Dragged Into Sunlight – “Widowmaker” (2012)

In a time when everything is known about everyone and there is no sense of mystery about anything, Dragged into Sunlight are a dynamic blast of fresh/fetid air. Indeed, nothing is really known about the band- what is mentioned is mostly conjecture. Let it be said: this is a good thing. The band retains anonymity and lets the music speak for itself.  When first reading about the new piece of music from Dragged into Sunlight some time ago it was described as a single track lasting 40mins plus. Indeed, the promo copy I have had on rotation is in this format. Research on Amazon indicates three tracks of 14.51, 11.47 and 13.10 in length respectively.  I have found that the record works best when viewed as a single track- 40 minutes of tortured paranoid hate and despair. If that sounds like your kind of thing... Welcome aboard!

‘Widowmaker’ reveals itself as a very different record to ‘Hatred for Mankind’ from the first listen. What takes time is the depth of what is on offer therein to reveal itself. From the first ominous twang of a clean yet eerie guitar the sound is bleak and sets a mood that is unrelenting- even when the music employs dynamic shifts and all kinds of instrumentation.  Four to five minutes in there are two guitar tracks building up an atmosphere that is the aural equivalent to watching the first series of Lynch's Twin Peaks. There is even a piano around the six minute mark. The first sign of any distortion comes at 8mins 20secs. An almost folk feel is created by cymbals and violin- and by that I do mean the good kind of folk. Think the feel of the seminal film The Wicker Man and you have the right idea. The samples of the first record are echoed over the first fifteen minutes but that is the only real comparison I can draw.

It may sound strange, but the first fifteen minutes fly past- the atmosphere, tension and feel of the record is introduced leads the way to what could be termed the second part of the album. A monolithic riff and the first scream herald in the next movement. The familiar horrific vocals over the music create a cacophony that is in stark contrast to the almost ambient first part of the record. A low death growl is introduced after more samples, creating another aspect and tonality for the listener. Just after twenty minutes an ascending/descending riff is introduced with other instruments buried low in the mix. The pounding double kick drums that were a great feature of their debut for me are back here.  On headphones the whole thing sounds masterful and suffocatingly dense. There is even an almost stoner rock, Karma to Burn-esque feel around the twenty three minute mark. It doesn't last long, though, and instead gives way to a groove which in itself abruptly twists into doomy sludge, heralding in the third and final part of the record.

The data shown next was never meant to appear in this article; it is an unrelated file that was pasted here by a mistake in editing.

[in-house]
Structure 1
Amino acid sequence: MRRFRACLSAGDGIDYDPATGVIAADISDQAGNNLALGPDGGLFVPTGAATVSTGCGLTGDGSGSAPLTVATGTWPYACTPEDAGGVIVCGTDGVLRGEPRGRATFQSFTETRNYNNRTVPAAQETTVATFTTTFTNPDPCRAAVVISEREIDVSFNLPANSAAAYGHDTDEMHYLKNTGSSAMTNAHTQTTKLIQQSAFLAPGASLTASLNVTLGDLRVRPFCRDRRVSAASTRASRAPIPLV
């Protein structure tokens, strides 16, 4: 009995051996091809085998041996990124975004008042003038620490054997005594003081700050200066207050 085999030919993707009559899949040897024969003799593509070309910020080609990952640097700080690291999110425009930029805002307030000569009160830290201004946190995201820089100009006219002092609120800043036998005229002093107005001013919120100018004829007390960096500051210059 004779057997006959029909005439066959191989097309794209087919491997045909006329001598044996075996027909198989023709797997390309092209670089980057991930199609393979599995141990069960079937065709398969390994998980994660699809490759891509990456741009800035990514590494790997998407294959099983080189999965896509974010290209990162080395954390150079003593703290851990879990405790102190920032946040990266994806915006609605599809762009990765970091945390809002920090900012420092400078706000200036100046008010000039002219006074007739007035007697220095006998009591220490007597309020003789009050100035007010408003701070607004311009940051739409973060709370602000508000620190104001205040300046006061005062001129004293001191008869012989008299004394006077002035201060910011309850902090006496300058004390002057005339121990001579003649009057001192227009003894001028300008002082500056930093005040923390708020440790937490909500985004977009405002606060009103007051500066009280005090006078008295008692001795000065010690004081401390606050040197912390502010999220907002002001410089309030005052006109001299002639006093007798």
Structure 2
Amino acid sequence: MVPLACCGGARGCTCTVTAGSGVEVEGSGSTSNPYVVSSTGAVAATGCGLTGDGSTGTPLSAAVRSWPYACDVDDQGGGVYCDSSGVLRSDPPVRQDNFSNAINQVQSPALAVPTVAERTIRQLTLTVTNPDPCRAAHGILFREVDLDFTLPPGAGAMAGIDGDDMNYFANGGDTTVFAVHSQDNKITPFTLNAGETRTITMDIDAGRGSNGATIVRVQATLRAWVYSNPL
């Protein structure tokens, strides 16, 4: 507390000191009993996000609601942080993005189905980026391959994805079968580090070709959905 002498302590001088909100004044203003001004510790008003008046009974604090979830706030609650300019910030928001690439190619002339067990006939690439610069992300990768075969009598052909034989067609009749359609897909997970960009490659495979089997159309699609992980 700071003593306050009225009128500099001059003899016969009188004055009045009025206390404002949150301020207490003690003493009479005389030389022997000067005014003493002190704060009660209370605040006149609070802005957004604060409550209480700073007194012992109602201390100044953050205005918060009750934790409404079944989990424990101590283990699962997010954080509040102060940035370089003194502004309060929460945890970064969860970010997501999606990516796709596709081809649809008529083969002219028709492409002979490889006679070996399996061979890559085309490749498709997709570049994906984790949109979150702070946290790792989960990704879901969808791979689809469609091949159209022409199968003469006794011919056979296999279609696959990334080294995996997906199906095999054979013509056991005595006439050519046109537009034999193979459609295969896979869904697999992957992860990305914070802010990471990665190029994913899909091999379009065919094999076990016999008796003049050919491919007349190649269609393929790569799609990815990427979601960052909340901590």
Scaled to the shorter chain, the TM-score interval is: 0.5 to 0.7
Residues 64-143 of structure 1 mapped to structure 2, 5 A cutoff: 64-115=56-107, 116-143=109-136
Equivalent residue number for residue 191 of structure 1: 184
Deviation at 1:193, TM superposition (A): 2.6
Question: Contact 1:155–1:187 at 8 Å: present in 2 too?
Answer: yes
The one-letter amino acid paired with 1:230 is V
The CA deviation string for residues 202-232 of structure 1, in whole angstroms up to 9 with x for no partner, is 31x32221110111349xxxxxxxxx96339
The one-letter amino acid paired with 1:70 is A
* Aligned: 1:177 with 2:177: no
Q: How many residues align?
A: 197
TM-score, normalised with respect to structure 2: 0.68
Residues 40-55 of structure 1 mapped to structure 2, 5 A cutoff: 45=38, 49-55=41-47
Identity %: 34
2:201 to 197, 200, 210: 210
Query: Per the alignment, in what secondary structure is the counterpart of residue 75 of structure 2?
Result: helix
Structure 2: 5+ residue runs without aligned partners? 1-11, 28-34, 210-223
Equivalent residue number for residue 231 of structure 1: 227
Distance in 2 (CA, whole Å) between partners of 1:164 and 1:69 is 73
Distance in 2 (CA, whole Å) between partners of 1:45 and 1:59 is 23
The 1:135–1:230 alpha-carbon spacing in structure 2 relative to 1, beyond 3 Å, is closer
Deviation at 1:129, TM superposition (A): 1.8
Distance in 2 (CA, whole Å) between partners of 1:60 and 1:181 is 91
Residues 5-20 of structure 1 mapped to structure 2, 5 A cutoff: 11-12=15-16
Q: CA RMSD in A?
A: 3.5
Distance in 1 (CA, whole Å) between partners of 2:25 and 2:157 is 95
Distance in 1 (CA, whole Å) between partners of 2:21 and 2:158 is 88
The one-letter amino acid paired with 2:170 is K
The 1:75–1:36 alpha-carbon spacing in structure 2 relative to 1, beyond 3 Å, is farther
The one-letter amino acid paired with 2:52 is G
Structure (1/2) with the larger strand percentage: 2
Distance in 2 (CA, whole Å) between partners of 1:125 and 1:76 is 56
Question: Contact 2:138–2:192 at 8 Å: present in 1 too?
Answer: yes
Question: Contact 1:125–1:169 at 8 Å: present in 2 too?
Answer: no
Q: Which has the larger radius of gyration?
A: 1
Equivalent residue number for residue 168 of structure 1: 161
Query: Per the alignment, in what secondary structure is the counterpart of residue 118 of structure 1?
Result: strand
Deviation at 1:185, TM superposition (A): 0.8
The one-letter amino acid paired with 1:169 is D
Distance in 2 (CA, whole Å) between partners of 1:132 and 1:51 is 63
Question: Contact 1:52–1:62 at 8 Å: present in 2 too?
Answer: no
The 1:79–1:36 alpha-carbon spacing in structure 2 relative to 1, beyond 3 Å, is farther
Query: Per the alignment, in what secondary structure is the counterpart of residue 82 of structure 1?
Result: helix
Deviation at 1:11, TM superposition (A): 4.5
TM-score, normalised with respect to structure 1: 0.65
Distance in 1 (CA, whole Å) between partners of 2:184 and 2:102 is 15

‘Part III’, beginning as it does with very slow sludge, is different again to the previous two parts. The bass, ringing out alone around thirty minutes in, offers up a kind of distorted mirror of ‘Part I's atmospherics, indeed the record almost feels as if it doubles back on itself. The band take us back to cleaner guitar tones but five minutes from the conclusion the riffs, distortion and crashing chords are back. The samples reach an apex for me as thirty eight minutes rolls past- you'll have to listen to it for yourself to find out what is said! After some frantic playing and vocals the whole thing dissolves into howling feedback and there the journey ends.

It is rare that a record of forty minutes feels this short. I can only conclude that a lot of work went into making this piece of music- the pacing, peaks and dynamics are all very well judged. It is an expertly paced soundscape that should be viewed as a whole. If you do this and invest the time in it you will be glad you did- the rewards are rich indeed!